More love on your way
To the setting sun, there is only one measure, When you can honestly say: I put more love ....

Simu, Simu ahavatchem ba-olam 

To listen, click here. Wishing to all who celebrate a very Happy Valentine’s Day this Sunday!


February 4 - L’dor Vador by Josh Nelson

Join us this Shabbat over livestream to thank our Legacy donors and celebrate our Beyond B’nai Mitzvah students who will share their voices and lead us in Shabbat services.

L’dor Vador (click here, to listen) we protect this chain, from generation to generation. 

Shabbat Shalom, Cantor Lissek


January 28 - Eli Eli, God, My God  by Oran Eldor

The anniversary of the liberation of Auschwitz-Birkenau (International Holocaust Remembrance Day) was designated by the United Nations for the world to commemorate the six million Jewish lives, and millions of others, lost in the Holocaust. People around the world listen to stories on this day from Holocaust survivors to learn about the events that led to World War II and to honor the memories of those lost. This is also an opportunity for us to reflect and vow never again.

As we search for answers we are reminded of our responsibility as a people to remember, see the humanity in each other, and make the world a better place. The daughter of a Hidden Child in France during World War II, my family’s story of survival along with the backdrop of the Holocaust has most shaped my worldview. Taking the tragedy of the past to inform the present, I have learned that it is dehumanization that allows this and other genocides to occur. The antidote is drawing out our shared humanity from all walks of life. As survivors will not be here forever,  and I believe it is incumbent upon us to share the stories we have been entrusted with from generation to generation. With this music, I hope it will be relevant to a new generation.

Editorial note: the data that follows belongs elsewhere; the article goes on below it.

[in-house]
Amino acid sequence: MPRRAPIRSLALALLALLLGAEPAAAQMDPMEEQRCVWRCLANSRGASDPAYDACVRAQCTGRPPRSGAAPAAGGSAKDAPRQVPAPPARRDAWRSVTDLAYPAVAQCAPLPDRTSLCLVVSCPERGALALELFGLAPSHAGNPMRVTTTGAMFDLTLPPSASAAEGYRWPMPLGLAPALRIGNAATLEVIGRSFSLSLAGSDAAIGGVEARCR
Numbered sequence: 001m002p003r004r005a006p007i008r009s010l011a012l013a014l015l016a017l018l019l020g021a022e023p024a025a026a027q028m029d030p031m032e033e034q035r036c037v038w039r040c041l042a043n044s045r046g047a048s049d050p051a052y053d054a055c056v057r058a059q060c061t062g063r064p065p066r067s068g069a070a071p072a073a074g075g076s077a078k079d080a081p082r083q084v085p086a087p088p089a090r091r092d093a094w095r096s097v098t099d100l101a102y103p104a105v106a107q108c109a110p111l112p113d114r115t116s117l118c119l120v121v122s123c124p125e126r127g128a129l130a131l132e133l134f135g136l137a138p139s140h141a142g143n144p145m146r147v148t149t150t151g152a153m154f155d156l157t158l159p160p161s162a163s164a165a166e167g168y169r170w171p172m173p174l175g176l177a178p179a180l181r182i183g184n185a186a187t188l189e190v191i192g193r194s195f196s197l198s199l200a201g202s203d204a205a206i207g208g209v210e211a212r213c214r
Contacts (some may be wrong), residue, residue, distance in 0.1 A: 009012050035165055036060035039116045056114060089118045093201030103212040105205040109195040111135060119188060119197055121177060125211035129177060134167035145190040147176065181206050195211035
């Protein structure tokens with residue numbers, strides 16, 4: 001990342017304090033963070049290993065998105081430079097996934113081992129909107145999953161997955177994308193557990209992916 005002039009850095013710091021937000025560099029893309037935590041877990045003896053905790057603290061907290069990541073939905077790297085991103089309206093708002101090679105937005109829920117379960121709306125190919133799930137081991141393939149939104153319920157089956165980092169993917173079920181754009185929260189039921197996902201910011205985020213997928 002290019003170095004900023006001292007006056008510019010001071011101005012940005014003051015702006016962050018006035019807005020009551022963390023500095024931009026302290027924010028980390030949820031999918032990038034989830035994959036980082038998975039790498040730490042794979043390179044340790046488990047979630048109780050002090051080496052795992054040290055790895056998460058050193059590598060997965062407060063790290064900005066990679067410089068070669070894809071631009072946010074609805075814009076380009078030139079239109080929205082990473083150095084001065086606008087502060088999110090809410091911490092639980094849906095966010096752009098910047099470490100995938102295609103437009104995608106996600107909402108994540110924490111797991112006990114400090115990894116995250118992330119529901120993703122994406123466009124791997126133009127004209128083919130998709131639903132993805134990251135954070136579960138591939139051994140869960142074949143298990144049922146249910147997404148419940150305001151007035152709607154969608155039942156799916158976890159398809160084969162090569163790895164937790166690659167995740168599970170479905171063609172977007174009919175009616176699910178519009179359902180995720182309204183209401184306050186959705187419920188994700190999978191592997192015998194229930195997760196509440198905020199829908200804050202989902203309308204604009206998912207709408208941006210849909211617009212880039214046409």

Oran Eldor wrote this moving setting of Hanah Senesh’s Halicha L’kesariaWe pray, My God, My God, May these things never end, The sand and the sea, The rustle of the water, The lightning in the sky, Human prayer. Click here to listen.


January 7 - Oseh Shalom by Debbie Friedman

This Friday, January 9, marks the 10-year anniversary since Debbie Friedman died in 2011.  She made such a huge impact on Jewish music that there is a cantorial school named after her.  She inspired a whole new generation of cantors and sacred music makers to write new Jewish music. We know and cherish her most popular settings,
Mi Shebeirach and L’chi Lach.  Today, sing along with me to her Oseh Shalom (click here) which we’ll also sing together at Kabbalat Shabbat services this Friday. The yearning in this setting of Oseh Shalom resonates with us now as we pray for peace
in our country and in our communities.



Fri, May 7 2021 25 Iyyar 5781